11 Standup Comedians Who Became ‘SNL’ Cast Members

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In addition to the recent hiring of standup Michael Che as co-anchor of Weekend Update, yesterday SNL revealed some surprising hiring news with the announcement that young standup Pete Davidson has been added to the cast as a featured player. SNL has an unpredictable history with hiring standup comedians, and while many seamlessly stepped into the impersonation, sketch acting, and recurring character mold — see Eddie Murphy, Adam Sandler, and Darrell Hammond, to name a few — most of the show’s standups-turned-players stayed true to their roots, often appearing on Weekend Update and finding ways to make sketch characters take on their own standup sensibilities to varying degrees of success. Here’s a look at 11 of them:

Dennis Miller (1985-1991)
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Before joining SNL, Miller hosted a local Pittsburgh kids’ program called The Trolley Show and had a stint as correspondent on Evening Magazine. After leaving Pittsburgh, he toured as a standup comic in both New York and Los Angeles and appeared on Star Search in 1985, in which he lost to Sinbad. The same year, Lorne Michaels discovered Miller while he was performing at The Comedy Store in LA. (Read More)

Kevin Nealon (1986-1995)
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Nealon’s first big break came with an invitation to perform on The Tonight Show with Johnny Carson in 1984, where he did well enough to earn a post-performance interview (you can watch his performance here). Thanks to a recommendation from fellow SNL newcomer Dana Carvey, Lorne Michaels hired Nealon as a featured player two years later after having fired nearly the entire 1985-1986 cast. Nealon was promoted to repertory status the following year. (Read More)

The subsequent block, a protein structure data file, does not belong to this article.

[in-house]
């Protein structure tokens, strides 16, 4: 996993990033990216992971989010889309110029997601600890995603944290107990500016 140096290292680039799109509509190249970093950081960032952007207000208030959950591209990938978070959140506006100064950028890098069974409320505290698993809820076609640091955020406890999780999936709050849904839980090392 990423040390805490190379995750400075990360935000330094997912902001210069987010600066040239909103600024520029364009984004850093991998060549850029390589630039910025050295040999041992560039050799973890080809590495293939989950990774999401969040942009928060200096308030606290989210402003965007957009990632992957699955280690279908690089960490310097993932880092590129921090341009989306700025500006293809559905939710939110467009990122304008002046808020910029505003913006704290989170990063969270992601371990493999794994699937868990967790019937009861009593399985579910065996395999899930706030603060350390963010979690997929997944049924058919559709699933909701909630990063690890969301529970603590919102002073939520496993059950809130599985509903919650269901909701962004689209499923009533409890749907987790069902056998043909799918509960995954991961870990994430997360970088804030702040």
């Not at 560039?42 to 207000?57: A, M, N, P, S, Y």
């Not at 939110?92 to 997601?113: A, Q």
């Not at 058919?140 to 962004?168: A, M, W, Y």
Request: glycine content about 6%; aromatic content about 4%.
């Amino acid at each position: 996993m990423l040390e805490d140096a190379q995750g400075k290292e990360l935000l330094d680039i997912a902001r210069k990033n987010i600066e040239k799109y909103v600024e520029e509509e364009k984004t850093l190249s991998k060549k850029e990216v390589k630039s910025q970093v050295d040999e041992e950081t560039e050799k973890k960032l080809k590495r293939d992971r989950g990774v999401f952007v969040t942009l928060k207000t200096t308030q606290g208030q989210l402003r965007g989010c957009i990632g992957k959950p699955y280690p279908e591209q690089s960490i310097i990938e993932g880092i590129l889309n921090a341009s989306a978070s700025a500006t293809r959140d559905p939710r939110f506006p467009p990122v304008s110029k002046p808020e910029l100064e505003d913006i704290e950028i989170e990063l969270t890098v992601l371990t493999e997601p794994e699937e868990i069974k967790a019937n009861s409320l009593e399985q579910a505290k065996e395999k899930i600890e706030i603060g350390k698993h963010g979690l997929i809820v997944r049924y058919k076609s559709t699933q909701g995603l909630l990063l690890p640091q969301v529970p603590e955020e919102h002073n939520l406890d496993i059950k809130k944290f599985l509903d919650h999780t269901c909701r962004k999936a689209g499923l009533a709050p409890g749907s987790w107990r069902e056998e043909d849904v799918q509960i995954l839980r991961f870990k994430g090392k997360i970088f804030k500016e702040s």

A. Whitney Brown (1986-1991)
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He served jail time in Texas, where he first learned how to juggle, then after his release he busked the streets of San Francisco with an act involving a trained dog, which eventually led to his performing alongside Robin Williams and Dana Carvey at the first San Francisco Comedy Competition in 1976. A slow momentum began with television appearances on Showtime’s The Big Laff Off (1978), Late Night with David Letterman (1983), and The Tonight Show Starring Johnny Carson in January 1986. By then, Brown had already made a 1984 standup appearance on SNL and been a writer for two months. (Read More)

Chris Rock (1990-1993)
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With high school behind him, Rock worked minimum wage jobs as a teenager (including a stint at McDonald’s) while trying out standup on the side, and he booked his first professional gig at Catch A Rising Star in 1985 at 20 years old. Soon after he met and was mentored by fellow New York comic Eddie Murphy, who gave Rock his first film role as a Playboy Mansion valet in 1987’s Beverly Hills Cop II as well as an appearance on the HBO special Uptown Comedy Express. Small roles on Miami Vice and Keenen Ivory Wayans’ 1988 film I’m Gonna Git You Sucka followed, as well as near-constant standup. By the time he auditioned for SNL he had already been a regular performer on Showtime at the Apollo for two years. (Read More)

David Spade (1990-1996)
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Spade began his comedy career during his college years at Arizona State, where he performed standup in the university sketch show Farce Side Comedy Hour. After graduating with a degree in business, he kept odd jobs and continued standup by touring clubs and campuses across the country, and at a performance in Los Angeles he was discovered by a casting agent and offered a role in Police Academy 4: Citizens on Patrol. In 1989 he performed alongside five other comics (including later SNL cast mate Rob Schneider) on HBO’s 13th Annual Young Comedians Special. The show’s host Dennis Miller helped Spade join the cast of SNL as a featured player only a year later. (Read More)